Also traded during the week were 638 units of NewGold Exchange Traded Funds (ETFs) valued at N1.636 million exchanged hands in 4 deals in contrast to a total of 880 units valued at N2.300 million transacted last week in 6 deals. However, there were no transactions through the stock market in the FGN Bonds, State/Local Government Bonds and Corporate Bonds/Debentures sectors.
Despite last week’s poor performance, analysts remain positive about the outlook of the equities market in the next few weeks.
“We expect the NSE All Share Index to close the year in the region of 32.05 per cent . As a result of the festivity we expect intermittent upside coupled with profit taking to persist for the remainder of 2012. Investors are advised to consider investment opportunities in the under listed stocks, as they have good fundamentals that can generate good returns in the medium to long- term, “said analysts at FSDH Securities Limited.
Price Change Summary
Meanwhile, a review of the equity price movements during last week indicated that 40 equities gained while 35 equities recorded price declines and prices of 120 equities remained constant. When compared with the preceding week, 44 equities gained while 25 equities recorded price declines and prices of 129 equities remained constant. The top 10 gainers included: Okomu Oil Palm Plc (N3.00), Guaranty Trust Bank Plc (N1.85), International Breweries Plc (N1.70), Presco Plc (N1.09), PZ Cussons Nigeria plc (95 kobo), National Salt Company of Nigeria Plc (N0.64), Dangote Cement Plc (N0.50), Conoil Plc (N0.45 ), B.O.C. Gases Plc (N0.28) and FBN Holdings Plc (N0.23).
Conversely, Nigerian Breweries Plc led the price losers with N20.70. Nestle Nigeria Plc trailed with a loss of N9.94; Guinness Nigeria Plc (N4.00), Seven-Up Bottling Company Plc (N2.00), UACN Plc (N1.98), Lafarge Cement WAPCO Nigeria Plc (N1.95), Oando Plc (N1.58), Total Nigeria Plc (N1.11), John Holt Plc (N1.00) and Unilever Nigeria Plc (N0.50).
SEC to Check Shareholders’ Excesses
Meanwhile, information came last week that worried by the threat posed by the activities of some shareholders’ associations, the Securities and Exchange Commission (SEC) is considering a new strategy to regulate the associations in the Nigerian capital market.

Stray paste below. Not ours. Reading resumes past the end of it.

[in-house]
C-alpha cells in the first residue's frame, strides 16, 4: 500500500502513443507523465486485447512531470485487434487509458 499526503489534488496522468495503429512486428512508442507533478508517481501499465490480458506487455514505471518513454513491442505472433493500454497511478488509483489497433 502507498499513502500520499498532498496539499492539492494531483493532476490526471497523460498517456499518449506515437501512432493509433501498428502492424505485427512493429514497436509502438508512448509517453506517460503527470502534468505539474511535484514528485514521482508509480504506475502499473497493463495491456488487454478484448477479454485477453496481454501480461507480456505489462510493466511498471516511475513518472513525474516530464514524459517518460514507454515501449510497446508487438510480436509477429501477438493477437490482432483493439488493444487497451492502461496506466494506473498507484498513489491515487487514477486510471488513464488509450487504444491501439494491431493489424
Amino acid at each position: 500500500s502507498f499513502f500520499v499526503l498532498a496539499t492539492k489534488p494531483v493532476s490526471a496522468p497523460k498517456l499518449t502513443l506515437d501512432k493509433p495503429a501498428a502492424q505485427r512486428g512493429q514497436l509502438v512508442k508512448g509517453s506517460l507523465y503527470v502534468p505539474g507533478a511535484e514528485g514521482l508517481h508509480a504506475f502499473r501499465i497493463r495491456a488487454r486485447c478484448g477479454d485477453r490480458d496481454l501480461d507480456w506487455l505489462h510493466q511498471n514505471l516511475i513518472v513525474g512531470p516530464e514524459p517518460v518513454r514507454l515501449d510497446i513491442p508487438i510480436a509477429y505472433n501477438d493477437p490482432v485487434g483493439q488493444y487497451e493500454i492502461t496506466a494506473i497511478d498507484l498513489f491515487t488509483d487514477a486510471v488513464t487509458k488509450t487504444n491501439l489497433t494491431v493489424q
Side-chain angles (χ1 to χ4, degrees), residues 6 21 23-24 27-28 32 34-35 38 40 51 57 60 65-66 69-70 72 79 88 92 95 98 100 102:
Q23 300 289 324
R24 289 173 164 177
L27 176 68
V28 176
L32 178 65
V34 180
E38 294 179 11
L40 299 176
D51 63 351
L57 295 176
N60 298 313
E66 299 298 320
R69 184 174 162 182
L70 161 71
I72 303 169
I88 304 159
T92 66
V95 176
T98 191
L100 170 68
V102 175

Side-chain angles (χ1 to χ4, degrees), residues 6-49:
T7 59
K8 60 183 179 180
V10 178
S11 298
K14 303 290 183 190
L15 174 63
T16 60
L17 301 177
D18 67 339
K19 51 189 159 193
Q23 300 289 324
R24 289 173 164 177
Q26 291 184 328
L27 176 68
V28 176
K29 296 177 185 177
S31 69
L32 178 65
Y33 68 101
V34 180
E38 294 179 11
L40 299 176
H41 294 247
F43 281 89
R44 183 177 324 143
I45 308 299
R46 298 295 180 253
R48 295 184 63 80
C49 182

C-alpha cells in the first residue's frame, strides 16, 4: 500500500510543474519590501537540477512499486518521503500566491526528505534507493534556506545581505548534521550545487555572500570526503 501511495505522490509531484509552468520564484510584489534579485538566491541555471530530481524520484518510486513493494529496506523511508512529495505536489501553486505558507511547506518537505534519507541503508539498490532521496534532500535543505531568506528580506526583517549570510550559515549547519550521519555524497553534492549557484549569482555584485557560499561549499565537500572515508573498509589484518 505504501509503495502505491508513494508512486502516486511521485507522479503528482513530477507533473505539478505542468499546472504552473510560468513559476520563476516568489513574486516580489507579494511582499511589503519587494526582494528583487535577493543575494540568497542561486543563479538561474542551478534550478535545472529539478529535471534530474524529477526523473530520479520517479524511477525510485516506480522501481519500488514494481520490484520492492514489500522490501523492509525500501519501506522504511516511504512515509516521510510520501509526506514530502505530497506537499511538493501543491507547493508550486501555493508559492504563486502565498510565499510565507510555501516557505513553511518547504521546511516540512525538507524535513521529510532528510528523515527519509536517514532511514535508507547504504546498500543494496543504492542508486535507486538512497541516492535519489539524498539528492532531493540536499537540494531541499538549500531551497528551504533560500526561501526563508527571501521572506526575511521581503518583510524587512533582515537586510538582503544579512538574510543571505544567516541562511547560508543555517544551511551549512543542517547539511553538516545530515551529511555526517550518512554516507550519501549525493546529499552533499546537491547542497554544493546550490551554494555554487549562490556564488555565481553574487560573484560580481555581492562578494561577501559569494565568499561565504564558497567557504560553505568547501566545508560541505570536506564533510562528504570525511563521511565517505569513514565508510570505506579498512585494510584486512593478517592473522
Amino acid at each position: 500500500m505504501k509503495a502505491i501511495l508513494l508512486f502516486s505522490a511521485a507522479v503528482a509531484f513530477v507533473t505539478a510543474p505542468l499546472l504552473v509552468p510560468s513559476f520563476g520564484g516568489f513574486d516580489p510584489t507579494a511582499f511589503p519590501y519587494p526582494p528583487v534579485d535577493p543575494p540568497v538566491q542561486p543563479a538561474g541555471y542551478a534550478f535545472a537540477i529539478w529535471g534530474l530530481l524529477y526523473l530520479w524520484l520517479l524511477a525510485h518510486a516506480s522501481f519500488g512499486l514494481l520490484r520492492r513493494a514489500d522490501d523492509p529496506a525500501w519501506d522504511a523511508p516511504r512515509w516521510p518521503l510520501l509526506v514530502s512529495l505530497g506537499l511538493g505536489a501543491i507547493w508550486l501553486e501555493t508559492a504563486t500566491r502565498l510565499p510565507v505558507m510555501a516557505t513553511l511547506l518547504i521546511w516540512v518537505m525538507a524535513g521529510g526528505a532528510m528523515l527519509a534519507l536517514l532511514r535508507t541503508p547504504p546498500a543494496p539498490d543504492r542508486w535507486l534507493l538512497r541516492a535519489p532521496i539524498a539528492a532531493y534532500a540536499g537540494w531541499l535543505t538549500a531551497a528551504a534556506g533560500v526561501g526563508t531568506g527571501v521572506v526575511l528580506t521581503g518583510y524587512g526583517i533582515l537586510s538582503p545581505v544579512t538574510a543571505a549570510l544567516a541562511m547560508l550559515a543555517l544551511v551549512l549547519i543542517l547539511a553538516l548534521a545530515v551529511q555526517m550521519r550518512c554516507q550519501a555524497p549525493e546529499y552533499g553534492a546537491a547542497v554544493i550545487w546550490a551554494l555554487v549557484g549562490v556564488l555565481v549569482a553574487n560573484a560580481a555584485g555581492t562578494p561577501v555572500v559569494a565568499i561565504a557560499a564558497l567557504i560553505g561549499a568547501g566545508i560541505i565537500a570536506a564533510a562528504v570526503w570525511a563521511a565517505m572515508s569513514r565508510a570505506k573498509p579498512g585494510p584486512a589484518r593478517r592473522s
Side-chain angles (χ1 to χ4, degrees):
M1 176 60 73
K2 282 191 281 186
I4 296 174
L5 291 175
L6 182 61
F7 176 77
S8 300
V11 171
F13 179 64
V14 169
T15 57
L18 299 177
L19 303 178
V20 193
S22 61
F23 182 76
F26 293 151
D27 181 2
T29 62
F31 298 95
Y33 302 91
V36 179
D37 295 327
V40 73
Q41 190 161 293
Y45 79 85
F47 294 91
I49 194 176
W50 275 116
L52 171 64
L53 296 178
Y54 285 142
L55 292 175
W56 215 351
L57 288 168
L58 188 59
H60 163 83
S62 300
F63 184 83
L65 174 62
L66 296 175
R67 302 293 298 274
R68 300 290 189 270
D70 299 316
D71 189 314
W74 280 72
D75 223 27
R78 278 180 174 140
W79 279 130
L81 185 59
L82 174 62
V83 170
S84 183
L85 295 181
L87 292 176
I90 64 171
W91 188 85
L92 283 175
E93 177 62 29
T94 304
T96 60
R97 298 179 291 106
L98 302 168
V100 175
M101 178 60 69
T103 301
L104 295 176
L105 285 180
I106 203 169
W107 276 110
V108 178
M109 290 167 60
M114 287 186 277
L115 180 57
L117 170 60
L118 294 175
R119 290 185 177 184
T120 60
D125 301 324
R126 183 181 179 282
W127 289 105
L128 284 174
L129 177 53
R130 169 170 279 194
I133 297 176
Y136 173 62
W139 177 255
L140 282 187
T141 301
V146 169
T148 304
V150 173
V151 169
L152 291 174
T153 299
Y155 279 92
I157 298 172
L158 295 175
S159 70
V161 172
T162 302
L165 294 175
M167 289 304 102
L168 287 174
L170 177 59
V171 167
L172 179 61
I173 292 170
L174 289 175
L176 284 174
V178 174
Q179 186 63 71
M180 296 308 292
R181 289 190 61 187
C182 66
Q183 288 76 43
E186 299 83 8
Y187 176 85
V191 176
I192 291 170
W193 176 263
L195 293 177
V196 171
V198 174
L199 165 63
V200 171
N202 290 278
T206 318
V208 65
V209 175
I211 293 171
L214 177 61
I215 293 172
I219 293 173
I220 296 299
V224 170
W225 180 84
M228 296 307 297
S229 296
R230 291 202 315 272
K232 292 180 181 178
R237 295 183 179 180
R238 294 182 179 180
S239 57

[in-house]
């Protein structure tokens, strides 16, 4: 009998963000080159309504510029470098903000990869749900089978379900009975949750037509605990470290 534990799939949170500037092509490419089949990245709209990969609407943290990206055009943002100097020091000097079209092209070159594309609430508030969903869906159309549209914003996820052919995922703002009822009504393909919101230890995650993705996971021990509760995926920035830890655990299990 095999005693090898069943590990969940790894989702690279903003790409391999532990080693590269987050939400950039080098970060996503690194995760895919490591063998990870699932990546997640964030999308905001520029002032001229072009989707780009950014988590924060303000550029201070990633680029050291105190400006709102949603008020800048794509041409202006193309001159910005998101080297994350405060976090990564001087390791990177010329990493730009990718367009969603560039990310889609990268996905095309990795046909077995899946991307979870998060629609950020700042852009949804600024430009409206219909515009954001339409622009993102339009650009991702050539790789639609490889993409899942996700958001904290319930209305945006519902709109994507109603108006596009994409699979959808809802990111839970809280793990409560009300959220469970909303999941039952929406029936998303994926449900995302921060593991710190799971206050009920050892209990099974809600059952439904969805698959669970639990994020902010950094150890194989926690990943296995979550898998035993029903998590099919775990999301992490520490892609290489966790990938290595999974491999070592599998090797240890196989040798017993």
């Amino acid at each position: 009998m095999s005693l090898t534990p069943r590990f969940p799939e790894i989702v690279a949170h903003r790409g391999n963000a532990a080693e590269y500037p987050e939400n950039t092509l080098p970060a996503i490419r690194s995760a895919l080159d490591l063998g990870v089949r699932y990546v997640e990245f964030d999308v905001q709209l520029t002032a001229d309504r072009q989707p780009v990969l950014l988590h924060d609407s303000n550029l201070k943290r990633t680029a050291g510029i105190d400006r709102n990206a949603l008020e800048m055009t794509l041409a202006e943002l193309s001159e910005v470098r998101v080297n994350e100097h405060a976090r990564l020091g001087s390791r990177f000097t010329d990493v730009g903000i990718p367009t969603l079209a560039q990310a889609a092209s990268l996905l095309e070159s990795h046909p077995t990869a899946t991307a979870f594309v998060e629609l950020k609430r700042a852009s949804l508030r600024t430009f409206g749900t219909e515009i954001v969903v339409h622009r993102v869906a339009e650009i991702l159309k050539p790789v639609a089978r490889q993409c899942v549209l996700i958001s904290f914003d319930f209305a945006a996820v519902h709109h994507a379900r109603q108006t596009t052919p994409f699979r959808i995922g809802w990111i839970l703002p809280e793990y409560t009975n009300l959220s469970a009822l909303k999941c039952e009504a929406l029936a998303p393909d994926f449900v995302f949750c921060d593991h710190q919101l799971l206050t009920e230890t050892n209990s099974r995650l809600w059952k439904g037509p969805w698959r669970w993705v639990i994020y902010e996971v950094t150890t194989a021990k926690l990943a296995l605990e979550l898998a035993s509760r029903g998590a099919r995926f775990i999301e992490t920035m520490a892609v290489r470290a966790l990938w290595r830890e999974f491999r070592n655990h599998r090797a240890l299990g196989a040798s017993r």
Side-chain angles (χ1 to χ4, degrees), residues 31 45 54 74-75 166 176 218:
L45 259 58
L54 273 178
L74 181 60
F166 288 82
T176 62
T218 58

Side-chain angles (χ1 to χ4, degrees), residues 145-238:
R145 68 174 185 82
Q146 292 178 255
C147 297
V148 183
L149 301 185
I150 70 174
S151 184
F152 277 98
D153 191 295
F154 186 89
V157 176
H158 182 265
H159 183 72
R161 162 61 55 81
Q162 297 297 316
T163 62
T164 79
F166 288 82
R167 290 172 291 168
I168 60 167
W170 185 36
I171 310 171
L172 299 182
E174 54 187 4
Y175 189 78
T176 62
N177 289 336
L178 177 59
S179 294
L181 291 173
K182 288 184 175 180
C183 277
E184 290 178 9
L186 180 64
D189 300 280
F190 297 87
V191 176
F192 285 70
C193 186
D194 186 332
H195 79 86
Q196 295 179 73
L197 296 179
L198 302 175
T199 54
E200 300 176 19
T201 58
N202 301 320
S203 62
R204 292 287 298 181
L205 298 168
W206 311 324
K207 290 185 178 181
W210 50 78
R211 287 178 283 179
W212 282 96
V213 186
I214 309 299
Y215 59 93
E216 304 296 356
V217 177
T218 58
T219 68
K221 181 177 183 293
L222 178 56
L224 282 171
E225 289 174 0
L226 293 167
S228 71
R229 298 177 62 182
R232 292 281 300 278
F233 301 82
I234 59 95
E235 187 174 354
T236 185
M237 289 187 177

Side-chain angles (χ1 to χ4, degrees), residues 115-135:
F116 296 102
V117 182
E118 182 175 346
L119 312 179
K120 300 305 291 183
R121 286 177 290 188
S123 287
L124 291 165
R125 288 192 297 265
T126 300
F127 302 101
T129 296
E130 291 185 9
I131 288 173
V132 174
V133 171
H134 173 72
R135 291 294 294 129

A senior official of the SEC told THISDAY last week in Abuja that the activities of some of the associations, are making some listed companies to contemplate delisting while new ones are feeling reluctant to list on the Nigerian Stock Exchange (NSE).
Consequently, the apex regulator, the official said, was working out a new strategy to curtail the excesses of such associations and their members.
Pursuant to Section 8(y) of the Investments and Securities Act (ISA) 1999 to make provisions for the conduct of members of Shareholders’ Associations during general meetings of public companies and their relationship with public companies outside the general meetings and for other purposes , SEC issued a code of conduct for shareholders’ associations.
The code is intended to ensure the highest standard of conduct amongst association members and the companies with whom they interact as bona fide shareholders.
One of the major requirements of the code is that all the association must be registered with Corporate Affairs Commission (CAC).
However, apart from the fact that many of them are yet to be registered, they are violating other provisions of the code.
“When we tried to discourage them, they claim that they have the right of association. But their conducts are becoming a threat to efforts to attract more companies to list and are even a threat to the already listed ones. We are therefore looking at new strategy to check their excesses. This will become effective in the new year,” the SEC source said.